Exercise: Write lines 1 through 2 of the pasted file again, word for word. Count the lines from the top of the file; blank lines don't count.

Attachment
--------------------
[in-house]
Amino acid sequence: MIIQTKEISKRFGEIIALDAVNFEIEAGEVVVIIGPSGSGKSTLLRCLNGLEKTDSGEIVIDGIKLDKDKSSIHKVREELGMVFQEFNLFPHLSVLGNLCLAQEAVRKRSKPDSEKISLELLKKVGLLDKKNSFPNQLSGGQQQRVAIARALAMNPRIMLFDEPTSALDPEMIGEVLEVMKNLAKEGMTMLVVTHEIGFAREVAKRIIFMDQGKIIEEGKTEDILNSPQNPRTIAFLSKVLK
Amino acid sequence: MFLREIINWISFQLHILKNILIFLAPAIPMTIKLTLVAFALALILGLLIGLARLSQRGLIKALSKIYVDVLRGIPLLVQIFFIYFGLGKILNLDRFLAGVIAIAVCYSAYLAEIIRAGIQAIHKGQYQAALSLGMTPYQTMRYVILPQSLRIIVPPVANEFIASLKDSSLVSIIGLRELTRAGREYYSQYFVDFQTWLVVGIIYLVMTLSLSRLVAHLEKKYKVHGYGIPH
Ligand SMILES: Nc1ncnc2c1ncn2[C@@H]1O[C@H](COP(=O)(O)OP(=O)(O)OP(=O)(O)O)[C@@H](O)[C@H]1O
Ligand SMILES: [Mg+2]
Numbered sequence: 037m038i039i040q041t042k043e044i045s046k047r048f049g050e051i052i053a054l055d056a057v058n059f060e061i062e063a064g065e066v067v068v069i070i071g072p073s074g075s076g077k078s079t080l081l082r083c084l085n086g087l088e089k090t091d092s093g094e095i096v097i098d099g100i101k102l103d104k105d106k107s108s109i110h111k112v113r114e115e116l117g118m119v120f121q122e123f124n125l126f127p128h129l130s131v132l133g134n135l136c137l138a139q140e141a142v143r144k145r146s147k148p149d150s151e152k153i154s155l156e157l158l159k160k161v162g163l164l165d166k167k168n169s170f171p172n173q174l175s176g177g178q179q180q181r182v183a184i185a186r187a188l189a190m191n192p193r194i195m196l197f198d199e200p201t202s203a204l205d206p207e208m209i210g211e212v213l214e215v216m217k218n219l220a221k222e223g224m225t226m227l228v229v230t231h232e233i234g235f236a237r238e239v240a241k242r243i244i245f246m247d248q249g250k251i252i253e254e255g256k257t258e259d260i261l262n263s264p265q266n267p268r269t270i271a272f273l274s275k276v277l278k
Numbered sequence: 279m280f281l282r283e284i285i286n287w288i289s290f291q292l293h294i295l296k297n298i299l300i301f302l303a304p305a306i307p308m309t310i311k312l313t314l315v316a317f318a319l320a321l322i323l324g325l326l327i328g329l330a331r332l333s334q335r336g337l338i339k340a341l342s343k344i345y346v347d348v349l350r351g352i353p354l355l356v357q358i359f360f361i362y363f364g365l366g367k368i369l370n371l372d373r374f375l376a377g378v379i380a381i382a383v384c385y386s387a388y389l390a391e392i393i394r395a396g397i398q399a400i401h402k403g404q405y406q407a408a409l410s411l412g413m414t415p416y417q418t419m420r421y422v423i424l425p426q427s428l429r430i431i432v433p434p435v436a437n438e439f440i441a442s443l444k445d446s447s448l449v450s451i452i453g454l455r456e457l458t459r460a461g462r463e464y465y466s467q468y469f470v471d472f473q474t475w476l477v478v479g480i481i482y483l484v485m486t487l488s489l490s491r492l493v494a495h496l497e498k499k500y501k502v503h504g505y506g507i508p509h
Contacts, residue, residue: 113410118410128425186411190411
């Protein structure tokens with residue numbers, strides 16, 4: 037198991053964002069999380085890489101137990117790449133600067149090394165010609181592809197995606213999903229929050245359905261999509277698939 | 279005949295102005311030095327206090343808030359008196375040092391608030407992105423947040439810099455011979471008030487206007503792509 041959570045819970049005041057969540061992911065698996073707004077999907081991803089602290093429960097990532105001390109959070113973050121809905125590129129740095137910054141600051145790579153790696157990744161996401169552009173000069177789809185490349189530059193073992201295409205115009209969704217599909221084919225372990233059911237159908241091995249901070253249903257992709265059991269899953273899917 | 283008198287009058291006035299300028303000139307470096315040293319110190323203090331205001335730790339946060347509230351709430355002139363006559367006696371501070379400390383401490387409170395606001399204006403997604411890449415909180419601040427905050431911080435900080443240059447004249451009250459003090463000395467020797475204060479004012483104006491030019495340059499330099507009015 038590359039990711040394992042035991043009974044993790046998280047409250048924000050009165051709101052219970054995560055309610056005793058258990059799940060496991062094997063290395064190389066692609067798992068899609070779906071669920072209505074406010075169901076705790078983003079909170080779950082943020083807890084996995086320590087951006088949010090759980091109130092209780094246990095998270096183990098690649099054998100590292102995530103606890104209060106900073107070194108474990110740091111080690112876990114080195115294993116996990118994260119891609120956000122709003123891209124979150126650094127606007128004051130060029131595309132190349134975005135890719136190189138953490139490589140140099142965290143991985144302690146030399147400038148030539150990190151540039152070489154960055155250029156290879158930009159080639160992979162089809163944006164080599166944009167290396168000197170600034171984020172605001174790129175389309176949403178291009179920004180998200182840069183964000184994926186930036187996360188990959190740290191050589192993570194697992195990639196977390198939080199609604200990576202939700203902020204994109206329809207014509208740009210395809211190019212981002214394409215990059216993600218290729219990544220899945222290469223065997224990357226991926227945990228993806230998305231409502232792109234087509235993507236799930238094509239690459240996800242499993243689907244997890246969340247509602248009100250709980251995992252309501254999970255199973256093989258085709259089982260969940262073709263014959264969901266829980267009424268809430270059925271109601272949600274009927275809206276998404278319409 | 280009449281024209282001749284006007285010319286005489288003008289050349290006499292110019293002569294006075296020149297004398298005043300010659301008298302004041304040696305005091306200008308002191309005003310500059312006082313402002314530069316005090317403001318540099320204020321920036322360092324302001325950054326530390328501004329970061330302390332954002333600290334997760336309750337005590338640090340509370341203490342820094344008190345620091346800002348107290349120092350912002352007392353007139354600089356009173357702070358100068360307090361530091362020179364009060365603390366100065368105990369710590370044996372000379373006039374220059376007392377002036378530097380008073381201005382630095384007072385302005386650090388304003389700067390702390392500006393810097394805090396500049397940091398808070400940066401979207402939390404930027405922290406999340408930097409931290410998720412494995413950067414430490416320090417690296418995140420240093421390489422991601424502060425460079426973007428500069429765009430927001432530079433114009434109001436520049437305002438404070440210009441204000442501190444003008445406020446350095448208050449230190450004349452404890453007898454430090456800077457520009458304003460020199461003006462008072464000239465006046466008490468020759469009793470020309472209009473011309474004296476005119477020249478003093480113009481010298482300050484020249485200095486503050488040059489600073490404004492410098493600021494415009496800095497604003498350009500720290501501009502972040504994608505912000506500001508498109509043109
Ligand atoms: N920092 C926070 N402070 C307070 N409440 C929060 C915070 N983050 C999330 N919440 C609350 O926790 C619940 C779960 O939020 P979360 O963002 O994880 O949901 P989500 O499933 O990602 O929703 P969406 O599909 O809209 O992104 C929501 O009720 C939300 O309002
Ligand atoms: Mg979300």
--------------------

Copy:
[in-house]
Amino acid sequence: MIIQTKEISKRFGEIIALDAVNFEIEAGEVVVIIGPSGSGKSTLLRCLNGLEKTDSGEIVIDGIKLDKDKSSIHKVREELGMVFQEFNLFPHLSVLGNLCLAQEAVRKRSKPDSEKISLELLKKVGLLDKKNSFPNQLSGGQQQRVAIARALAMNPRIMLFDEPTSALDPEMIGEVLEVMKNLAKEGMTMLVVTHEIGFAREVAKRIIFMDQGKIIEEGKTEDILNSPQNPRTIAFLSKVLK